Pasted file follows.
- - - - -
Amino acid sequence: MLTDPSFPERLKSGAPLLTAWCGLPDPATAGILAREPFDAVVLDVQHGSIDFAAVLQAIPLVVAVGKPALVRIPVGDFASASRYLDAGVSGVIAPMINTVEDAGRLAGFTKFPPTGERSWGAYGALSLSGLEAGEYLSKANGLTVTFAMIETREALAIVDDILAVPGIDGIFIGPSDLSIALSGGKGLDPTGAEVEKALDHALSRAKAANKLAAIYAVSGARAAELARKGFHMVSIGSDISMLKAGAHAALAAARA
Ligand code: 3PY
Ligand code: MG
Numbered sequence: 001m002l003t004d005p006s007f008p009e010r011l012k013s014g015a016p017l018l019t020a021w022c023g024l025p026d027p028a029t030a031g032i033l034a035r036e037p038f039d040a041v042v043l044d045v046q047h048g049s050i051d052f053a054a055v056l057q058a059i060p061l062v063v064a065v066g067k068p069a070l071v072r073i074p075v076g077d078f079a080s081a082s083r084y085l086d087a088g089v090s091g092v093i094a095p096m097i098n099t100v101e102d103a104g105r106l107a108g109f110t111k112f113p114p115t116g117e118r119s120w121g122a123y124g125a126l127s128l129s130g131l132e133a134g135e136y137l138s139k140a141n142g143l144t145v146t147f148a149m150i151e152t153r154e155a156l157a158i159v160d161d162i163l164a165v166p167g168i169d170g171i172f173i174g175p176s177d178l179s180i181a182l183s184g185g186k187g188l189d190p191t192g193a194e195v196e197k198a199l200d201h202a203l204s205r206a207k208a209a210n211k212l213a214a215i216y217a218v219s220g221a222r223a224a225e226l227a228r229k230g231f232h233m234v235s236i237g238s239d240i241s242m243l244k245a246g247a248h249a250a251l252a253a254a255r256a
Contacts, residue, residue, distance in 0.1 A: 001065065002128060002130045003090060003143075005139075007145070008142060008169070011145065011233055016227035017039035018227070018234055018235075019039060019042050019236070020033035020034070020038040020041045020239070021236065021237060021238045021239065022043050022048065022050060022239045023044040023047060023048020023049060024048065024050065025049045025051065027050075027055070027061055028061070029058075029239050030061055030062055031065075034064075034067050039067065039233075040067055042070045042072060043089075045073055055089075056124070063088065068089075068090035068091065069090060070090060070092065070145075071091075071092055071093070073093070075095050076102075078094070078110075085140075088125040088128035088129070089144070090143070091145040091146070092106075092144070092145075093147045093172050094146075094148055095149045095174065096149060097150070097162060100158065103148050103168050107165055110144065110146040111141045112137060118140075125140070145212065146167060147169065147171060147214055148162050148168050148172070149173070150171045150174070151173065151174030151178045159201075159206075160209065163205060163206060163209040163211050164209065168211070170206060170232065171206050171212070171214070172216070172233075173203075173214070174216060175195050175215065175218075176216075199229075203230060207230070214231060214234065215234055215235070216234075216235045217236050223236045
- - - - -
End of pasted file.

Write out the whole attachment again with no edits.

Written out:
Amino acid sequence: MLTDPSFPERLKSGAPLLTAWCGLPDPATAGILAREPFDAVVLDVQHGSIDFAAVLQAIPLVVAVGKPALVRIPVGDFASASRYLDAGVSGVIAPMINTVEDAGRLAGFTKFPPTGERSWGAYGALSLSGLEAGEYLSKANGLTVTFAMIETREALAIVDDILAVPGIDGIFIGPSDLSIALSGGKGLDPTGAEVEKALDHALSRAKAANKLAAIYAVSGARAAELARKGFHMVSIGSDISMLKAGAHAALAAARA
Ligand code: 3PY
Ligand code: MG
Numbered sequence: 001m002l003t004d005p006s007f008p009e010r011l012k013s014g015a016p017l018l019t020a021w022c023g024l025p026d027p028a029t030a031g032i033l034a035r036e037p038f039d040a041v042v043l044d045v046q047h048g049s050i051d052f053a054a055v056l057q058a059i060p061l062v063v064a065v066g067k068p069a070l071v072r073i074p075v076g077d078f079a080s081a082s083r084y085l086d087a088g089v090s091g092v093i094a095p096m097i098n099t100v101e102d103a104g105r106l107a108g109f110t111k112f113p114p115t116g117e118r119s120w121g122a123y124g125a126l127s128l129s130g131l132e133a134g135e136y137l138s139k140a141n142g143l144t145v146t147f148a149m150i151e152t153r154e155a156l157a158i159v160d161d162i163l164a165v166p167g168i169d170g171i172f173i174g175p176s177d178l179s180i181a182l183s184g185g186k187g188l189d190p191t192g193a194e195v196e197k198a199l200d201h202a203l204s205r206a207k208a209a210n211k212l213a214a215i216y217a218v219s220g221a222r223a224a225e226l227a228r229k230g231f232h233m234v235s236i237g238s239d240i241s242m243l244k245a246g247a248h249a250a251l252a253a254a255r256a
Contacts, residue, residue, distance in 0.1 A: 001065065002128060002130045003090060003143075005139075007145070008142060008169070011145065011233055016227035017039035018227070018234055018235075019039060019042050019236070020033035020034070020038040020041045020239070021236065021237060021238045021239065022043050022048065022050060022239045023044040023047060023048020023049060024048065024050065025049045025051065027050075027055070027061055028061070029058075029239050030061055030062055031065075034064075034067050039067065039233075040067055042070045042072060043089075045073055055089075056124070063088065068089075068090035068091065069090060070090060070092065070145075071091075071092055071093070073093070075095050076102075078094070078110075085140075088125040088128035088129070089144070090143070091145040091146070092106075092144070092145075093147045093172050094146075094148055095149045095174065096149060097150070097162060100158065103148050103168050107165055110144065110146040111141045112137060118140075125140070145212065146167060147169065147171060147214055148162050148168050148172070149173070150171045150174070151173065151174030151178045159201075159206075160209065163205060163206060163209040163211050164209065168211070170206060170232065171206050171212070171214070172216070172233075173203075173214070174216060175195050175215065175218075176216075199229075203230060207230070214231060214234065215234055215235070216234075216235045217236050223236045